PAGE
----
So, you have been working for a year now and you have gotten yourself in a comfortable position where you draw RM3,000 a month in salary. You have recently taken a hire purchase loan for a small car to get you to work and you are currently renting a house at a decent rate. At this moment in time, you are considering if your next step in life should be to purchase a home. You feel ready for this commitment... but are you really?
I don’t mean to burst your bubble, but maybe this article may help you understand the property market a little better.
Assuming you are taking home a salary of RM3,000 a month (after deductions), and a car loan of RM700 a month is your only fixed expense (let’s forget the rental aspect because if you purchase a house, you no longer need to pay rent), you would be left with RM2300 to play with.
A decent house purchase at this point in time, somewhere that is relatively close to the city centre would cost between RM300,000 (if you are lucky) to RM800,000 and upwards for more exclusive property.
Now, again assuming that you are lucky enough to find that house with a RM300,000 price tag, you would need RM30,000 as down payment (if you are able to secure a 90% loan).
Your additional fees such as MOT and stamp duties would probably cost you another RM10,000 (roughly). Now, your loan amount that you would be taking would amount to RM270,000 (That is selling price minus down payment).
For a loan of this amount, with the current BLR and stretched across a maximum 35-year loan tenure, you may be paying back approximately RM1,500 per month.
Assuming you are able to come up with that RM30,000 down payment and RM10,000 fees, could you really afford RM1,500 a month? That is 50% of your take home salary. Think carefully.
RM1,500 (housing loan)
This leaves you with RM800 at the end of every month. Some may feel that RM800 is enough as expenses for a single entity, but what about all the hidden costs that come with home purchase?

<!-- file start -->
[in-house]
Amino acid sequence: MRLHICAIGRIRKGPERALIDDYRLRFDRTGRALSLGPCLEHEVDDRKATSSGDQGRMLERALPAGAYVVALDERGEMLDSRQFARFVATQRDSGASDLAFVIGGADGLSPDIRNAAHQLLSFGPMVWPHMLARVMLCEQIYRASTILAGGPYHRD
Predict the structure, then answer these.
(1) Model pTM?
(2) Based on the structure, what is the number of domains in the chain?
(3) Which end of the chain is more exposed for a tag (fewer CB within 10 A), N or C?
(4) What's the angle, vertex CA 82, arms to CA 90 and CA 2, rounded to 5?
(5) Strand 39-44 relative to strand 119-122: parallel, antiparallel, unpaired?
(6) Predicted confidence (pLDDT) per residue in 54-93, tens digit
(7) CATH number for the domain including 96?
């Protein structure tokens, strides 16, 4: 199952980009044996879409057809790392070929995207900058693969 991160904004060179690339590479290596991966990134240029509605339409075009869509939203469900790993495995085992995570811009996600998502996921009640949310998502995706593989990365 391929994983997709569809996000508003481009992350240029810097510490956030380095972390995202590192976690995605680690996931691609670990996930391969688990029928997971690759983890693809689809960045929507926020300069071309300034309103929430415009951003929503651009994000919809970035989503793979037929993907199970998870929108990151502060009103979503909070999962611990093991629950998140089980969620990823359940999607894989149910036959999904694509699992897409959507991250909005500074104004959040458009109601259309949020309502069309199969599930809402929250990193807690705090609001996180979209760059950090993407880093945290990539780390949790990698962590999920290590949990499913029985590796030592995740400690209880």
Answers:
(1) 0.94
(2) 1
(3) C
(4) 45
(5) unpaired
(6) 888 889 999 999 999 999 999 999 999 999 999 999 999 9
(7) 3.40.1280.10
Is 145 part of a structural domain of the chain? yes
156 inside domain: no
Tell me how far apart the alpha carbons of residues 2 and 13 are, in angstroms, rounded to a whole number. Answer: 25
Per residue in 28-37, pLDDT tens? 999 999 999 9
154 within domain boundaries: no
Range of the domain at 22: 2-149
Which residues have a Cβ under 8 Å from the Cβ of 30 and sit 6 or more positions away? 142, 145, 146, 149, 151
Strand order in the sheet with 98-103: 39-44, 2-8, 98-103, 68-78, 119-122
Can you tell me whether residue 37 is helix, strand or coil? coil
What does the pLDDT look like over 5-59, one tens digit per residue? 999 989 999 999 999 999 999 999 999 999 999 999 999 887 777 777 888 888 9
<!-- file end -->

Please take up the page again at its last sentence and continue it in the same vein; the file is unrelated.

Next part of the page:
Maintenance / Security fees
Renovations / interior furnishing
Yes, you would be burdened at the end of the day if you do consider purchasing this house. So, does that mean that someone earning RM3,000 per month would never be able to own a home? No, that isn’t what I am trying to say. Instead, the smartest thing for anyone in this situation to do would be:
1. Wait Till the Time Is Right
Hang on to your horses. There is nothing wrong with renting until you have saved up enough to compensate at least RM1,000 a month (RM12,000 in total) to help you with the extras mentioned above. Once you have saved up enough, you can be rest assured that you will not (or will rarely be) burdened with a hefty bill at the end of any month for the rest of the year.
2. Purchase a Government-Initiated Property
The Government has over the years introduced many initiatives that could assist first-time-home-buyers. With various JVs with property developers, there are many Rumah WIP, Rumah Selangorku and other affordable housing schemes that fall way below the RM300,000 price tag. Some even come with zero down payment and no legal fees and stamp duty charges.
The rent-to-own or RTO scheme isn’t something new to our Malaysian property shore. With RTO, you may pay rental (slightly higher than market rates) with the option to purchase the house later in life.
The idea behind this initiative is to force savings for you (as part of the rental will be kept in a savings) to be utilized by you later on as down payment when you are ready for purchase. Many a time, people do not understand the property buy in game and end up biting more than they can chew. This always results in disappointment at the end of the day. Do not rush into home purchase and struggle to make payments every month. Home ownership should be a happy and proud moment in everyone’s life, so make it count by waiting for the right moment.